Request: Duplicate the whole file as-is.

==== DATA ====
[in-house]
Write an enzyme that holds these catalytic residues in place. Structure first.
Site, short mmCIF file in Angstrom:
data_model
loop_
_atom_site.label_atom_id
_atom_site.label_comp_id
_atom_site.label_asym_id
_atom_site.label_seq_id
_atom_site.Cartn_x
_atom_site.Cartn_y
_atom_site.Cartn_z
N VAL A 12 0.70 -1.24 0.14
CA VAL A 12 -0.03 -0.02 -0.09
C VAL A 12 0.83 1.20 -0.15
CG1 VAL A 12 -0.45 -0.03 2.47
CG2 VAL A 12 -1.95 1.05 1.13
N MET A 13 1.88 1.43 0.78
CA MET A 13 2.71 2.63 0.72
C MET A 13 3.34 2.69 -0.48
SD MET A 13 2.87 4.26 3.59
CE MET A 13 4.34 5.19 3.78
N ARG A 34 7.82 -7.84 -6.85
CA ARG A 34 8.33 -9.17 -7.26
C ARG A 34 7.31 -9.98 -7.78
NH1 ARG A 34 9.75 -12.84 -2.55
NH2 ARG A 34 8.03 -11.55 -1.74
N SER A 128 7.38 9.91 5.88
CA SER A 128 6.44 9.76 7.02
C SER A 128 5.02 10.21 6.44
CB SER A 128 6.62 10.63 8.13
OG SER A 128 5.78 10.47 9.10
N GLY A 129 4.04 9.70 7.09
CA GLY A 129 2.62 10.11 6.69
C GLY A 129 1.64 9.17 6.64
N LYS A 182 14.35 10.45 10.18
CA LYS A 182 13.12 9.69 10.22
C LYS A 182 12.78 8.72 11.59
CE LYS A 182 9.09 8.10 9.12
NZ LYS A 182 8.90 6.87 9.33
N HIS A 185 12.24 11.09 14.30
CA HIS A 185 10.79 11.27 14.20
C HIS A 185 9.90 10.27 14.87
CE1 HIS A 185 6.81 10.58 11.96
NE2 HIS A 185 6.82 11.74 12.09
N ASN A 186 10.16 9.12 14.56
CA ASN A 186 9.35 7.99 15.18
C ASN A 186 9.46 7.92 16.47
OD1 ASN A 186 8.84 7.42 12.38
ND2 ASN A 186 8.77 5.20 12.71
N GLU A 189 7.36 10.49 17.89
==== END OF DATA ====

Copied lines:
[in-house]
Write an enzyme that holds these catalytic residues in place. Structure first.
Site, short mmCIF file in Angstrom:
data_model
loop_
_atom_site.label_atom_id
_atom_site.label_comp_id
_atom_site.label_asym_id
_atom_site.label_seq_id
_atom_site.Cartn_x
_atom_site.Cartn_y
_atom_site.Cartn_z
N VAL A 12 0.70 -1.24 0.14
CA VAL A 12 -0.03 -0.02 -0.09
C VAL A 12 0.83 1.20 -0.15
CG1 VAL A 12 -0.45 -0.03 2.47
CG2 VAL A 12 -1.95 1.05 1.13
N MET A 13 1.88 1.43 0.78
CA MET A 13 2.71 2.63 0.72
C MET A 13 3.34 2.69 -0.48
SD MET A 13 2.87 4.26 3.59
CE MET A 13 4.34 5.19 3.78
N ARG A 34 7.82 -7.84 -6.85
CA ARG A 34 8.33 -9.17 -7.26
C ARG A 34 7.31 -9.98 -7.78
NH1 ARG A 34 9.75 -12.84 -2.55
NH2 ARG A 34 8.03 -11.55 -1.74
N SER A 128 7.38 9.91 5.88
CA SER A 128 6.44 9.76 7.02
C SER A 128 5.02 10.21 6.44
CB SER A 128 6.62 10.63 8.13
OG SER A 128 5.78 10.47 9.10
N GLY A 129 4.04 9.70 7.09
CA GLY A 129 2.62 10.11 6.69
C GLY A 129 1.64 9.17 6.64
N LYS A 182 14.35 10.45 10.18
CA LYS A 182 13.12 9.69 10.22
C LYS A 182 12.78 8.72 11.59
CE LYS A 182 9.09 8.10 9.12
NZ LYS A 182 8.90 6.87 9.33
N HIS A 185 12.24 11.09 14.30
CA HIS A 185 10.79 11.27 14.20
C HIS A 185 9.90 10.27 14.87
CE1 HIS A 185 6.81 10.58 11.96
NE2 HIS A 185 6.82 11.74 12.09
N ASN A 186 10.16 9.12 14.56
CA ASN A 186 9.35 7.99 15.18
C ASN A 186 9.46 7.92 16.47
OD1 ASN A 186 8.84 7.42 12.38
ND2 ASN A 186 8.77 5.20 12.71
N GLU A 189 7.36 10.49 17.89